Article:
Thursday, 27 November 2014

Lord Smith reports 2 - Constitutional Settlement

I've now had a chance to read the actual Smith Commission report.

There are three main 'pillars' in the heads of agreement:
1. Constitutional settlement for the governance of Scotland
2. Economy and social justice
3. Financial responsibility

Let's take a look at the first of these.

1. Constitutional settlement for the governance of Scotland

Glad to see a statement that 'It is agreed that nothing in this report prevents Scotland becoming an independent country in the future should the people of Scotland so choose'.  I did wonder if they would put something in about the 'settled will of the Scottish people' having been expressed, thus preventing further referendums.

The Scottish Government and Scottish Parliament are to be made permanent under UK legislation and the Sewel convention (ie that Westminster will not pass legislation affecting Scotland on devolved matters) will be respected.  This sounds great, but anything that is the result of UK legislation is reversible, since no UK parliament is bound by agreements made by their predecessors.  I don't think we can take this to mean our parliament can never be abolished.

The Scottish Government will have control over Scottish parliamentary and local authority elections, but will not have control over political parties, for example in terms of donations.  Evidently our imperial masters will brook no interference with their branch offices.  The Scottish Government will also not be allowed to hold general elections for the Scottish parliament on the same day as UK, European or local council elections.  Not sure what difference that makes - maybe someone can enlighten me?

The Scottish Parliament will have powers over the number of MSPs (constituency and list) and over the franchise, but any such legislation must be passed by a super-majority of two-thirds of the Scottish Parliament.  This is intended, I think, to prevent any real change to these things as they are now.  However, that could get interesting depending on the results of the 2016 elections, especially if the SNP retain their current levels of electoral popularity.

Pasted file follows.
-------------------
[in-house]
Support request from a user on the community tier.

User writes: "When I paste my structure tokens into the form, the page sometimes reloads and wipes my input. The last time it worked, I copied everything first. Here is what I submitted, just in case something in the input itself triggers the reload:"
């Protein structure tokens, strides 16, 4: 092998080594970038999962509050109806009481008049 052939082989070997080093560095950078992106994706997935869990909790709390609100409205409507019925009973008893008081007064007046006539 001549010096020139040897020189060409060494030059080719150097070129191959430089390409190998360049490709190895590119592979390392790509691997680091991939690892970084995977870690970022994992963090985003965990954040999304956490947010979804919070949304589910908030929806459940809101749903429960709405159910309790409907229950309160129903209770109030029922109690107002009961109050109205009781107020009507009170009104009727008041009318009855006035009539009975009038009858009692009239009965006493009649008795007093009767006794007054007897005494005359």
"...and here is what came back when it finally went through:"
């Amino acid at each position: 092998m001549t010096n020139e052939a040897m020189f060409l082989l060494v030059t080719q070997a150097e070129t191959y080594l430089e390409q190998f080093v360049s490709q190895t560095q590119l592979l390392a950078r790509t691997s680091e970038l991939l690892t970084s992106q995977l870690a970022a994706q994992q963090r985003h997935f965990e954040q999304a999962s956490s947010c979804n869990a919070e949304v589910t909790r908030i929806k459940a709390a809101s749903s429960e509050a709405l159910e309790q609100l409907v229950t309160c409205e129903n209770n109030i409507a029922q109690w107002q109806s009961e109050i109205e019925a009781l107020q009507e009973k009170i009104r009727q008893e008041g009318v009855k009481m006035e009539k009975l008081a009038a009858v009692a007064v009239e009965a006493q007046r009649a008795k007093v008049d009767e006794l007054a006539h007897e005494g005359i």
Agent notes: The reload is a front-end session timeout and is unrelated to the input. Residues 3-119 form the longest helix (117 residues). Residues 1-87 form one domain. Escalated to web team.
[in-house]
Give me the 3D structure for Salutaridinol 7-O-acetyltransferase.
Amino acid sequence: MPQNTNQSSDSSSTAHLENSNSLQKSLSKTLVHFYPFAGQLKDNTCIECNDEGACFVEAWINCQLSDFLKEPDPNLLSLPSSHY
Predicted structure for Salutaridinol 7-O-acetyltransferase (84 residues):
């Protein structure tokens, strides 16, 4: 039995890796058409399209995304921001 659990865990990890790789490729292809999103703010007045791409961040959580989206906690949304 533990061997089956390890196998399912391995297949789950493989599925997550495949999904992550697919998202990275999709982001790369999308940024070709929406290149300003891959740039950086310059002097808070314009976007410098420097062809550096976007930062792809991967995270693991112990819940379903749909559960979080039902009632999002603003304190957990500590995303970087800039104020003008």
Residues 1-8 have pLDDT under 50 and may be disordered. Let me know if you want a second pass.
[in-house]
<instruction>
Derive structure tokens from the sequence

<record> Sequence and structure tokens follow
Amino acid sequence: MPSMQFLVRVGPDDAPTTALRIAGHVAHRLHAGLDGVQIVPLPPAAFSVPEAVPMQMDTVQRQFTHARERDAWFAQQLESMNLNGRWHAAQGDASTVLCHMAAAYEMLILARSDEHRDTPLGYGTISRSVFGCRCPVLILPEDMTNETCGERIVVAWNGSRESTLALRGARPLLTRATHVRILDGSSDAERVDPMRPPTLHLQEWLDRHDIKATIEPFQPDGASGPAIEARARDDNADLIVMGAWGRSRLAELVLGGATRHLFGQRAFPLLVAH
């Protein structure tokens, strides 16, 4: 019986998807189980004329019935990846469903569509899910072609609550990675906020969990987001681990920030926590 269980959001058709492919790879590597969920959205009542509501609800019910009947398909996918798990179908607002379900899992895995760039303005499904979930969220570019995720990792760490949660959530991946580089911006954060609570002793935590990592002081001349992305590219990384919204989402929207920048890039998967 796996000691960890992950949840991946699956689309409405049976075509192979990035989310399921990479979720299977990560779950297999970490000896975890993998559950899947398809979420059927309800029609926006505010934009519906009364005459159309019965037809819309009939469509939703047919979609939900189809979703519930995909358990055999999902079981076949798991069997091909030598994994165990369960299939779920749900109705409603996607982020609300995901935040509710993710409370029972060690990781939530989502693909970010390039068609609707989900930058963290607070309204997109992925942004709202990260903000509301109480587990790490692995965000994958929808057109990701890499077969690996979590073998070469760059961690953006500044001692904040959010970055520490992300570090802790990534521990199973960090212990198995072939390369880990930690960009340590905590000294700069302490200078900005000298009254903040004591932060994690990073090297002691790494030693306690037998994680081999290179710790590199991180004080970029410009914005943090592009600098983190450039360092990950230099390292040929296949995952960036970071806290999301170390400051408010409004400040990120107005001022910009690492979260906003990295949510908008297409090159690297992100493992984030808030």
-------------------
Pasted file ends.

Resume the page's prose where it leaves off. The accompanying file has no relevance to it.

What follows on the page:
The report goes on to outline greater co-operation between the Scottish and UK governments, and outlines proposals for Scottish ministers to be consulted on European matters prior to policy decisions being made, for example.  This is all very well on paper, but I suspect that for all the fine words it will be very much business as usual, with Westminster dominating proceedings and ignoring anything it doesn't like or which doesn't fit with the policies it wants to pursue.

There are several paragraphs on the management of the Crown Estates, which are to be devolved in the first instance to Scottish Government control, and, where desired, further devolved to local authority control.  As the Crown Estates includes the North Sea oil reserves, this is quite interesting, especially as this control is given subject to the caveat that it is not detrimental to the wider UK interests.  It doesn't specify what these are in any detail nor what would happen if the UK government felt these interests were being encroached upon.

Finally the Scottish Government gets a consultative role on broadcasting, mail and telecommunications, transport, energy and renewables.  There are no new powers devolved, however, so this is pretty much useless.

So, this seems pretty much a damp squib.  Some tinkering at the edges and some fine sentiments expressed, but not really the major powers we were promised.

Next up, I will take a look at the Economy and Social Justice section.

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